Having let the EML team have a few weeks off to enjoy the ‘summer’ we’re now picking up the series of “who’s who” blogs, and to get us back into the swing of things, Account Manager Siobhan Gaffan has agreed to share her passion for photography with us:
“I have always been into art and at school I always liked drawing, but the problem with drawing is that it’s so time consuming! The thing I like about photography – apart from the fact that it’s instant – is that it can be controlled. I’m quite a visual person, and I like expressing myself by creating images. I love the whole process of generating an idea, starting with an objective, and working out how to illustrate it; researching it, looking at other people’s work to see how they approached it to see if I can take some inspiration from that. Watching an image grow is very rewarding.
When it came to choosing a career when I left Uni, I decided that I wanted to do something that could involve working with images, but I didn’t want to be a photographer – I don’t want to have to rely on something that is my passion to pay the bills and end up hating it. I wanted to keep it as more of a personal interest, but still be able to put my skills to use from time to time. PR offered the perfect balance.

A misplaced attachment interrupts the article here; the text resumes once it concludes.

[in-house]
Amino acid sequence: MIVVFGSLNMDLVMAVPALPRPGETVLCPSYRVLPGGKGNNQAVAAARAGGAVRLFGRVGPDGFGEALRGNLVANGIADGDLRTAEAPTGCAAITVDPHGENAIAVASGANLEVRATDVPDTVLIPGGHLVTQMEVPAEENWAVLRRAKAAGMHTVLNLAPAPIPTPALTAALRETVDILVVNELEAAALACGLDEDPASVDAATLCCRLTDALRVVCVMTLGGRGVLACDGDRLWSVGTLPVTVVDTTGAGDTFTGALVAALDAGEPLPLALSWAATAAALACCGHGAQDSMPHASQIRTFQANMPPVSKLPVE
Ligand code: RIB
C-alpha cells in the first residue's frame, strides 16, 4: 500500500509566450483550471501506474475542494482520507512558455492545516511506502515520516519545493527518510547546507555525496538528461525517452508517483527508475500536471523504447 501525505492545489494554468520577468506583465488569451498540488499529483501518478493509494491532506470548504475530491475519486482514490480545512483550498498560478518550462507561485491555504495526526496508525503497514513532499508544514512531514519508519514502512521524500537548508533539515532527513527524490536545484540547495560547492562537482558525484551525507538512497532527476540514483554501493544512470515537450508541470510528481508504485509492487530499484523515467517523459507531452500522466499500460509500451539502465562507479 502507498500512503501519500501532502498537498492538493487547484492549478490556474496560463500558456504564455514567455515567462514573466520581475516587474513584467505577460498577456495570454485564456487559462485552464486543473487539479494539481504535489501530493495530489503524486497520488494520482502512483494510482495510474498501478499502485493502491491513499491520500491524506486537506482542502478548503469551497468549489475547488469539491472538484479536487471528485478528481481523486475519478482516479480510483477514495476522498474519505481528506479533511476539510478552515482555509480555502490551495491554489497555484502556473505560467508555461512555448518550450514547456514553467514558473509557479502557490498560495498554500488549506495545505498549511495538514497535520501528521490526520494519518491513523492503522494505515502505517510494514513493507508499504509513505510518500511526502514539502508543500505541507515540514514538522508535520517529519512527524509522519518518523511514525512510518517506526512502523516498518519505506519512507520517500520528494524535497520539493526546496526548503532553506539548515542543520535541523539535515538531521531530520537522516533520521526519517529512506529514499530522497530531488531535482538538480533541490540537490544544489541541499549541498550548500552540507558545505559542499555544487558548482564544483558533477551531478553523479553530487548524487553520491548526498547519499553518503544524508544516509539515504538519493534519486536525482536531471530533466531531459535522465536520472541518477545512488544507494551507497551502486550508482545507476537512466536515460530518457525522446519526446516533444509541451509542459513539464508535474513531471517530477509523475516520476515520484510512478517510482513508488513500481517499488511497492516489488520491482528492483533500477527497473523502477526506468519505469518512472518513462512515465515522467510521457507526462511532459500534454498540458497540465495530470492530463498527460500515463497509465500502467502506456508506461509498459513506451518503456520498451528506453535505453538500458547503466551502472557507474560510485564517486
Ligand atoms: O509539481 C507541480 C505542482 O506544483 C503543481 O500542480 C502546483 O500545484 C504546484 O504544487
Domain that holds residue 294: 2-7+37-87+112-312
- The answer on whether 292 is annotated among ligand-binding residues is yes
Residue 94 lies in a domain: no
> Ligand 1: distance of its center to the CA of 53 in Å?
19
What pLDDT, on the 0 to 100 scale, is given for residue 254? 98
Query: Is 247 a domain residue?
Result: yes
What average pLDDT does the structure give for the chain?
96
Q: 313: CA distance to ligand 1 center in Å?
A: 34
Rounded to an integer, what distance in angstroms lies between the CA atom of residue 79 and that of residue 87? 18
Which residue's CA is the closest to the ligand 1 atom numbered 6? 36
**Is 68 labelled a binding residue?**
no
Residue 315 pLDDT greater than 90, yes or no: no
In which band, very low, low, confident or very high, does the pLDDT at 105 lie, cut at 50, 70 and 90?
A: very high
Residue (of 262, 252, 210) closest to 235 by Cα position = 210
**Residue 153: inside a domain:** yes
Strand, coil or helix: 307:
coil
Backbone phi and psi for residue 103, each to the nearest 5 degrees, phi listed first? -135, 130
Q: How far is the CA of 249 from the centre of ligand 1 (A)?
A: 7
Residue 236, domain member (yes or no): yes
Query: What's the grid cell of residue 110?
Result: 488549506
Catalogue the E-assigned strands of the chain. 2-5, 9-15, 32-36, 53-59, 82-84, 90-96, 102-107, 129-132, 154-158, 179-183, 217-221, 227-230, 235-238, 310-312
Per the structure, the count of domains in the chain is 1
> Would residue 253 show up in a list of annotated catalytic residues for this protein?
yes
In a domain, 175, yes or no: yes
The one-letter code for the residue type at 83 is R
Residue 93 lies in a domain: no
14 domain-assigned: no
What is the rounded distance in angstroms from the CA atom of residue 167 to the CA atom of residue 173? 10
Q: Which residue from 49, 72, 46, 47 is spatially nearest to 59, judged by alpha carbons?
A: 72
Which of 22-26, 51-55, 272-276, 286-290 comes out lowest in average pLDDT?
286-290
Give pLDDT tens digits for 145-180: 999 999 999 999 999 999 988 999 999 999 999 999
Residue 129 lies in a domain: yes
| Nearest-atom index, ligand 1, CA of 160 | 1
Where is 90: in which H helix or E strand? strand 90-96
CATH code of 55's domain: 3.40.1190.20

When it comes to photography for PR I think there are four main rules:
1) Be creative, but don’t get too ambitious – Conceptual images can be great, but the image still has to have a clear message.
2) Make it realistic – People can make technology shots much more tangible and make images suitable for use in corporate presentations.
3) Be relevant – Someone smiling at a phone is ridiculous. Use, it, don’t smile at it!
4) Keep it simple – Don’t over complicate the image as it will just distort or hide the message.
Technology is a hard subject to capture – especially at semiconductor levels. There are so many applications for each product, it can be hard to include them all without breaking the rules, and it can be really hard to make a chip look exciting. One tip I’d give is not to feel compelled to put in additional products to ‘jazz up’ an image – don’t try to dress up the chip. Speak to the photo editors and browse through your key magazines to see what kind of style they usually include. More often than not, the photo editors will just use a plain and simple image.”